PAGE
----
thinking pass over my face

aintor

Senior Member
Chinese
In one of his comic monologues, Spalding Gray tells the story of how he once lost a role in a TV drama. Gray recalls the director explaining the problem: "He could always see something that he could only describe as thinking pass over my face every time I made a move." And that was inexcusable.
--from Say Everything, by Scott Rosenberg

Hi Everyone,

When I am reading this book, I find the fragment in red rather confusing. To be frank with you, this sentence doesn't make any sense to me at all. Would anyone care to help me out?

Thanks in advance.
 
  • Loob

    Senior Member
    English UK
    Hi aintor

    You need to divide the sentence up differently:

    He could always see {X} pass over my face.
    He could always see {something} pass over my face.
    He could always see {something that he could only describe as thinking} pass over my face.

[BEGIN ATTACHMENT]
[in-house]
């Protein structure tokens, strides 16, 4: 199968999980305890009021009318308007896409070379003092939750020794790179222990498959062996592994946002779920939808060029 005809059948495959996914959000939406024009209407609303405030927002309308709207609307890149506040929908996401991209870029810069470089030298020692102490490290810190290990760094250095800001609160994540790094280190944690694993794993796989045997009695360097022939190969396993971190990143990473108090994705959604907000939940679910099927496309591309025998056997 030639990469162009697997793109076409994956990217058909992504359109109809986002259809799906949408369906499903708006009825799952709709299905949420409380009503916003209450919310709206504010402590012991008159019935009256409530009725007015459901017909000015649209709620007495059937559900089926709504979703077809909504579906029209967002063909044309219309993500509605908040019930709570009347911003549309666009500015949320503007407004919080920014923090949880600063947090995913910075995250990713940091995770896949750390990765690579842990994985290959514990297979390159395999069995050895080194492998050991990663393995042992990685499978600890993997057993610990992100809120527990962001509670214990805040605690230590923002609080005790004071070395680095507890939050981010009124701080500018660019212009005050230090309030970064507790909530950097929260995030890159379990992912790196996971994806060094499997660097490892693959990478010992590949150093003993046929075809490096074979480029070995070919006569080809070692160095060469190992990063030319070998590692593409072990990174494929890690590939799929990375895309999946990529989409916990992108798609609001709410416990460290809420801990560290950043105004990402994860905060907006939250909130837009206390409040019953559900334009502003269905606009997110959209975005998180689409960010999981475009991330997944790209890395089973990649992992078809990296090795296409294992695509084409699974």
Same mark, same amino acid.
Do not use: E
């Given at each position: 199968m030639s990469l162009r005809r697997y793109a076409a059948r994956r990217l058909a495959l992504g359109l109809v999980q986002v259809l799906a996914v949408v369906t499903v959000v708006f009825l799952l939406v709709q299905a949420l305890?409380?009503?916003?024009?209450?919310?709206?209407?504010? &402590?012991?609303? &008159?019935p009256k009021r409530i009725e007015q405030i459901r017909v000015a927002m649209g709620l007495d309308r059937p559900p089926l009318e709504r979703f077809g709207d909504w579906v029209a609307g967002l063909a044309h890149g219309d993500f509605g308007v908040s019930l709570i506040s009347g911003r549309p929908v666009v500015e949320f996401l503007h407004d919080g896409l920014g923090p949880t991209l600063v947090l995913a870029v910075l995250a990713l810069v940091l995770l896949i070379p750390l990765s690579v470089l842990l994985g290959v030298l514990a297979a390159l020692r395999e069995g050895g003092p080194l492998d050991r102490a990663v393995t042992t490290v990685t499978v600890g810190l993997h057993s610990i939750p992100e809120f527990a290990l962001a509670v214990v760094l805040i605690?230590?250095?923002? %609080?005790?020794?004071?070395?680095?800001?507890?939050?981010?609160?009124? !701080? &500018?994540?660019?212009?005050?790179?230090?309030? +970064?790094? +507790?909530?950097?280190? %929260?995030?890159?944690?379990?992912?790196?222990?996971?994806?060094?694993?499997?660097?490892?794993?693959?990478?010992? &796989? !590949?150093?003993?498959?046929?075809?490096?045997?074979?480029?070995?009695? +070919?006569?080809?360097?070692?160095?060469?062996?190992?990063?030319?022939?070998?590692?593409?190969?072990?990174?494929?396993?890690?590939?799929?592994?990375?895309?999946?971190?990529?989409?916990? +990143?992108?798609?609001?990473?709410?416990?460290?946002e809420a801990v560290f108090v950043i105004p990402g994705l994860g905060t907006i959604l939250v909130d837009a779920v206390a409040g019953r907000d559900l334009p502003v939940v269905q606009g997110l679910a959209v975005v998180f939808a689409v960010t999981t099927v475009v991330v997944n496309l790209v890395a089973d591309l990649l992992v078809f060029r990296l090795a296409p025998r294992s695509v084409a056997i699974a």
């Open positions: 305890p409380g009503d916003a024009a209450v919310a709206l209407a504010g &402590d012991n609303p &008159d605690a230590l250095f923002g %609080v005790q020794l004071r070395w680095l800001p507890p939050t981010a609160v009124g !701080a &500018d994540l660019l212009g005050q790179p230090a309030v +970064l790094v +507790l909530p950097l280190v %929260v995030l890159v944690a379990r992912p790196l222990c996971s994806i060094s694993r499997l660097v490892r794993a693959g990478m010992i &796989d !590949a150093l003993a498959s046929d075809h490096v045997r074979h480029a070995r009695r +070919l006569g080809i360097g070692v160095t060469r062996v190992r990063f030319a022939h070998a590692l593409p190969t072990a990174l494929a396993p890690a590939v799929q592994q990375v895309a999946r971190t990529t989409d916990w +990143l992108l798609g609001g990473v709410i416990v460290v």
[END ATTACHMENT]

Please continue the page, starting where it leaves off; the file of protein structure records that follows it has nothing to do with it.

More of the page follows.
se16teddy

    Senior Member
    English - England
    Every time I made a movie, he saw something pass over my face - that is, he saw signs of something in my facial expression.
    He could not say exactly what that 'something' was, but it looked rather like thinking. He could only describe it as thinking.
    Actors are not expected to think. They are expected to do exactly what the director tells them. Thinking is a crime - an inexcusable one.
     

    aintor

    Senior Member
    Chinese
    to Loob and se16teddy

    Haha, I get it! I always make mistake when dividing up long sentences. Thank you!
     
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